Originally published in Radical Currents, Labour Histories, No. 1 Autumn 2022.
Australian Society for the Study of Labour History
In 1900 the Australian Constitution gave the Commonwealth Parliament not a ‘treaty power’ but a vague power over ‘external affairs’. Its precise meaning remained elusive for most of the twentieth century. But from the 1930s, Labor politicians, beginning with H. V. Evatt, Attorney-General and Minister for External Affairs in the Curtin and Chifley governments in the 1940s, saw the potential of the ‘external affairs’ power. Continue reading
Slavery in Australia – Convicts, Emigrants, Aborigines
Kenneth McKenzie Dallas (1902- 1988) was a Tasmanian historian, teacher, writer and socialist. In September 1968, the Tasmanian Historical Research Association (THRA) published a collection of three articles by Dallas, each offering a different perspective on aspects of Australian history.
The third of the three: ‘Slavery in Australia – Convicts, Emigrants, Aborigines’ is perhaps the most controversial, some would say ahead of its time. He argues that the British colonial system was based on slavery. “That there are degrees of slavery does not alter the basic fact” (p 63). The article is republished here with the kind permission of the THRA.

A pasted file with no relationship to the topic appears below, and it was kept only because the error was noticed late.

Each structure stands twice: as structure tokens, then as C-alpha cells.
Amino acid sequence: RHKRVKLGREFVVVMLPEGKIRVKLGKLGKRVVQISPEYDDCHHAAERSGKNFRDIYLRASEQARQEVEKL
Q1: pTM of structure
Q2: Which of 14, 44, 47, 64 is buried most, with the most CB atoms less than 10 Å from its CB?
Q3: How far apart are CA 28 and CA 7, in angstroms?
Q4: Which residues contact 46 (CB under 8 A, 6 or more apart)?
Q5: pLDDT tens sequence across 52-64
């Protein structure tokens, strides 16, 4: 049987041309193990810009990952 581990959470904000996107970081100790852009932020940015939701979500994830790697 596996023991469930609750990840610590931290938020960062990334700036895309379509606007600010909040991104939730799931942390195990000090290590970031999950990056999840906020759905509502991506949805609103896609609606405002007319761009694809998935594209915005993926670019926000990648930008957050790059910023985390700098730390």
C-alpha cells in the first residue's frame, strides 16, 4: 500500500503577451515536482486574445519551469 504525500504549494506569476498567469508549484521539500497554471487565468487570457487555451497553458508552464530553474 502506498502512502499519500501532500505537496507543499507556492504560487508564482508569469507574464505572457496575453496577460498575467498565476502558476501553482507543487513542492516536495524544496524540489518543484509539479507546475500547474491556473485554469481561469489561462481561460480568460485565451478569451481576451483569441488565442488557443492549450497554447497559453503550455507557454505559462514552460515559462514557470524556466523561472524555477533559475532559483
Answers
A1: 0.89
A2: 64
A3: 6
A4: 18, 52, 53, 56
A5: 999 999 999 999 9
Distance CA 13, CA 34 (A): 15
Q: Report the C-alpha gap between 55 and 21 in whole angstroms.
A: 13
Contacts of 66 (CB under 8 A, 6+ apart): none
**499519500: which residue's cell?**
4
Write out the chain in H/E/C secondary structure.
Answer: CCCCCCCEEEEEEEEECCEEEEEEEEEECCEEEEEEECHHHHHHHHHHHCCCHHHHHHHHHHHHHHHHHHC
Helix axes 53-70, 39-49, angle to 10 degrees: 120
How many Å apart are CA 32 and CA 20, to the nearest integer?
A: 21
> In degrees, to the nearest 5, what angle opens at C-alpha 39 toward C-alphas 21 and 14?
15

Dallas – Slavery in Australia – Convicts, Emigrants, Aborigines
Defending Australia from the Pink Peril
From a lecture given in Australian History III, Australian National University, July 1972.
Printed in Woroni and then in National U.
In this lecture I want to lead you away from the notion of the Aborigine as a passive recipient of history, as no more than a victim. Instead, we shall recognise the Aborigine as an active agent in European history since first contact. Continue reading